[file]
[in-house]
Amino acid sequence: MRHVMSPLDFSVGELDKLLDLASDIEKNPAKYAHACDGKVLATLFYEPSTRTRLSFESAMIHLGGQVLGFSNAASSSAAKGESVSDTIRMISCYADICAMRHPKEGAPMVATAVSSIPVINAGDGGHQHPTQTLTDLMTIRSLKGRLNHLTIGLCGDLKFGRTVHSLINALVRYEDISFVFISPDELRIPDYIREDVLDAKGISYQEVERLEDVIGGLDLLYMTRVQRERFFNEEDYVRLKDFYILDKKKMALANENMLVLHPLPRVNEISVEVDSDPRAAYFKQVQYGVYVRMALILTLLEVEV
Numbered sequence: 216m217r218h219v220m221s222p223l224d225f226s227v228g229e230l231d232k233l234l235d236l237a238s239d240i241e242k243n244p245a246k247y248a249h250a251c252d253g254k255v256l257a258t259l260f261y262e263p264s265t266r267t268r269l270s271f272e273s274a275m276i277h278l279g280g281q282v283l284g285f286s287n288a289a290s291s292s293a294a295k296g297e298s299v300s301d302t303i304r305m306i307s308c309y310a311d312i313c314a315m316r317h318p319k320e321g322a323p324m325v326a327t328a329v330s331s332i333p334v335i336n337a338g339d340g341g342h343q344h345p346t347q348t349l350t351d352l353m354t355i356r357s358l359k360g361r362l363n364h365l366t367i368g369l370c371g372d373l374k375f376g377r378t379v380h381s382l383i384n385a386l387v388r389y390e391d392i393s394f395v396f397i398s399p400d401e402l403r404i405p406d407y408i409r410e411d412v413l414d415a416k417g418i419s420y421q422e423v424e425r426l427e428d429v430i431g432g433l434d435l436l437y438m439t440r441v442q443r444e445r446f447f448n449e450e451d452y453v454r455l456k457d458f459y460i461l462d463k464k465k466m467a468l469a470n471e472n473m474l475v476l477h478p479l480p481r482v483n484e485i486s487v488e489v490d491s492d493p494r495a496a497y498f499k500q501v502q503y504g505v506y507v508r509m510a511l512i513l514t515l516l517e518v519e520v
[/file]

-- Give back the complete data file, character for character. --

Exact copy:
[in-house]
Amino acid sequence: MRHVMSPLDFSVGELDKLLDLASDIEKNPAKYAHACDGKVLATLFYEPSTRTRLSFESAMIHLGGQVLGFSNAASSSAAKGESVSDTIRMISCYADICAMRHPKEGAPMVATAVSSIPVINAGDGGHQHPTQTLTDLMTIRSLKGRLNHLTIGLCGDLKFGRTVHSLINALVRYEDISFVFISPDELRIPDYIREDVLDAKGISYQEVERLEDVIGGLDLLYMTRVQRERFFNEEDYVRLKDFYILDKKKMALANENMLVLHPLPRVNEISVEVDSDPRAAYFKQVQYGVYVRMALILTLLEVEV
Numbered sequence: 216m217r218h219v220m221s222p223l224d225f226s227v228g229e230l231d232k233l234l235d236l237a238s239d240i241e242k243n244p245a246k247y248a249h250a251c252d253g254k255v256l257a258t259l260f261y262e263p264s265t266r267t268r269l270s271f272e273s274a275m276i277h278l279g280g281q282v283l284g285f286s287n288a289a290s291s292s293a294a295k296g297e298s299v300s301d302t303i304r305m306i307s308c309y310a311d312i313c314a315m316r317h318p319k320e321g322a323p324m325v326a327t328a329v330s331s332i333p334v335i336n337a338g339d340g341g342h343q344h345p346t347q348t349l350t351d352l353m354t355i356r357s358l359k360g361r362l363n364h365l366t367i368g369l370c371g372d373l374k375f376g377r378t379v380h381s382l383i384n385a386l387v388r389y390e391d392i393s394f395v396f397i398s399p400d401e402l403r404i405p406d407y408i409r410e411d412v413l414d415a416k417g418i419s420y421q422e423v424e425r426l427e428d429v430i431g432g433l434d435l436l437y438m439t440r441v442q443r444e445r446f447f448n449e450e451d452y453v454r455l456k457d458f459y460i461l462d463k464k465k466m467a468l469a470n471e472n473m474l475v476l477h478p479l480p481r482v483n484e485i486s487v488e489v490d491s492d493p494r495a496a497y498f499k500q501v502q503y504g505v506y507v508r509m510a511l512i513l514t515l516l517e518v519e520v